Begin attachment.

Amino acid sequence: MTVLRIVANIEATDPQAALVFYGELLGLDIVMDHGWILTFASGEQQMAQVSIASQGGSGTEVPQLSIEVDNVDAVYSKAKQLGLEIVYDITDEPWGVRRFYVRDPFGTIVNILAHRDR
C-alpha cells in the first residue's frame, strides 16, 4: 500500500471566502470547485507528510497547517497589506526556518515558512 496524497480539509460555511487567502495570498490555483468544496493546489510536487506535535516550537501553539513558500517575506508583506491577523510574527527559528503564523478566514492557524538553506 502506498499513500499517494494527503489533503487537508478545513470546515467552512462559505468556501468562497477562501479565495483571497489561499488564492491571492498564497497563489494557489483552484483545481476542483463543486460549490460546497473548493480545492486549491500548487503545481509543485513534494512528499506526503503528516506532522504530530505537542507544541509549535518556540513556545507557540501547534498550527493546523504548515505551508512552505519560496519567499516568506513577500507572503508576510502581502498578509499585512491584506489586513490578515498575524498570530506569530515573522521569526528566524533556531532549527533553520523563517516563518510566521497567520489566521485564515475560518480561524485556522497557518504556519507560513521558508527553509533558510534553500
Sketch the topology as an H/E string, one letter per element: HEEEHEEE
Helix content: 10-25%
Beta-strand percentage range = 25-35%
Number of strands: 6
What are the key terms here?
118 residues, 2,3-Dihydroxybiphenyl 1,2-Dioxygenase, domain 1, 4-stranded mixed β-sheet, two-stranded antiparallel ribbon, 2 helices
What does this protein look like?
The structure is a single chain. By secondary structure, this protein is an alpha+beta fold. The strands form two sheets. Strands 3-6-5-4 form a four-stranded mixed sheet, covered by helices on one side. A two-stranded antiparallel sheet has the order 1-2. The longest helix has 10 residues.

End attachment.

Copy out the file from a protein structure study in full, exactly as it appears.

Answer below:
Amino acid sequence: MTVLRIVANIEATDPQAALVFYGELLGLDIVMDHGWILTFASGEQQMAQVSIASQGGSGTEVPQLSIEVDNVDAVYSKAKQLGLEIVYDITDEPWGVRRFYVRDPFGTIVNILAHRDR
C-alpha cells in the first residue's frame, strides 16, 4: 500500500471566502470547485507528510497547517497589506526556518515558512 496524497480539509460555511487567502495570498490555483468544496493546489510536487506535535516550537501553539513558500517575506508583506491577523510574527527559528503564523478566514492557524538553506 502506498499513500499517494494527503489533503487537508478545513470546515467552512462559505468556501468562497477562501479565495483571497489561499488564492491571492498564497497563489494557489483552484483545481476542483463543486460549490460546497473548493480545492486549491500548487503545481509543485513534494512528499506526503503528516506532522504530530505537542507544541509549535518556540513556545507557540501547534498550527493546523504548515505551508512552505519560496519567499516568506513577500507572503508576510502581502498578509499585512491584506489586513490578515498575524498570530506569530515573522521569526528566524533556531532549527533553520523563517516563518510566521497567520489566521485564515475560518480561524485556522497557518504556519507560513521558508527553509533558510534553500
Sketch the topology as an H/E string, one letter per element: HEEEHEEE
Helix content: 10-25%
Beta-strand percentage range = 25-35%
Number of strands: 6
What are the key terms here?
118 residues, 2,3-Dihydroxybiphenyl 1,2-Dioxygenase, domain 1, 4-stranded mixed β-sheet, two-stranded antiparallel ribbon, 2 helices
What does this protein look like?
The structure is a single chain. By secondary structure, this protein is an alpha+beta fold. The strands form two sheets. Strands 3-6-5-4 form a four-stranded mixed sheet, covered by helices on one side. A two-stranded antiparallel sheet has the order 1-2. The longest helix has 10 residues.